The photographer Joel Meyerowitz points out that "many people use their eyes not to see beauty but to avoid danger." In a similar way, we often use our capacity for speaking and hearing to exchange information, rather that make connection. Poetry, lyrical pleasure, musical speech can be part of our daily practice, if we choose to slow down and become "eloquent listeners." For an hour, let's experiment with the respiration of song and story as another kind of daily bread.
Personal Statement: The problems of our time are political, ecological, economic, but the solutions are cultural. How do people speak their truth? How do we listen eloquently? If communication is the fundamental alternative to violence and injustice, what is the work of each voice among us? At the Northwest Writing Institute, we answer word by word.
Kim Stafford grew up in Oregon, Iowa, Indiana, California, and Alaska, following his parents as they taught and traveled through the West. He is the author of a dozen books of poetry and prose, and the director of the Northwest Writing Institute and the William Stafford Center at Lewis & Clark College, where he has taught since 1979. He holds a Ph.D. in medieval literature from the University of Oregon, and has worked as a printer, photographer, oral historian, editor, and visiting writer at a host of colleges and schools. His book, Having Everything Right, won a citation for excellence from the Western States Book Awards in 1986. Stafford has received creative writing fellowships from the National Endowment for the Arts, a Governor’s Arts Award for his contributions to Oregon’s literary culture, and his work has been featured on National Public Radio. He read a poem as part of John Kitzhaber’s inauguration January 10, 2011 and conducted a series of writing workshops in Bhutan. In 2011 he presented at community literature programs on behalf of the Lincoln City Library, the U.S. Forest Service Cispus Training Center, the Oregon Friends of Jung, and other sponsors. In April 2011, he gave a lecture at the Newport Public library in conjunction with the “Everybody Reads” program focused on the book Down in My Heart: Peace Witness in Wartime, by William Stafford, edited by Kim Stafford. His essay “Resume of Failures” appeared in the 2011 spring edition of Oregon Humanities, and a collection of poems, Prairie Prescription, was published in 2011 by Limberlost Press. He lives in Portland, Oregon, with his wife and children.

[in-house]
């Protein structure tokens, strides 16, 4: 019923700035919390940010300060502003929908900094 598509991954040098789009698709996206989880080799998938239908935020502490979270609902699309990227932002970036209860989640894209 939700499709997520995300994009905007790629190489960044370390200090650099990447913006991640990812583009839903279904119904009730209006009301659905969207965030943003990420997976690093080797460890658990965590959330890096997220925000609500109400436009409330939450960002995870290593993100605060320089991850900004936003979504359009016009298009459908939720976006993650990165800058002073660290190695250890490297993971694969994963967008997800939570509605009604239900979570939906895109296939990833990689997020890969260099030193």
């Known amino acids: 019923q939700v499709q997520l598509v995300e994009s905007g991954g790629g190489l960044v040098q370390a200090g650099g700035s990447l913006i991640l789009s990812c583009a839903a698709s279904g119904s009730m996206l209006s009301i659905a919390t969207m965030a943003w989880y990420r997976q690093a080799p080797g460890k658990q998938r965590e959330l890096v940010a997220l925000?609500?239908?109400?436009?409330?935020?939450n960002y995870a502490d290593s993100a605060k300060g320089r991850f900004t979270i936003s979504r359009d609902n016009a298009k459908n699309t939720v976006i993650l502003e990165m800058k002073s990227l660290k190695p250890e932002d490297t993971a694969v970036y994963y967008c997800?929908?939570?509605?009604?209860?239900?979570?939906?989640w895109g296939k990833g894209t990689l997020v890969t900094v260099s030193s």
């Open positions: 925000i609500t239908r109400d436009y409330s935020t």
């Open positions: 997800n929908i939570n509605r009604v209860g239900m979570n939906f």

When: Thursday, October 11, 2012, 1:00pm - 2:00pm
Where: Smith Memorial Browsing Lounge 238
Open to RAPSU members. students, faculty, staff, members of the public.
Contact Information: firstname.lastname@example.org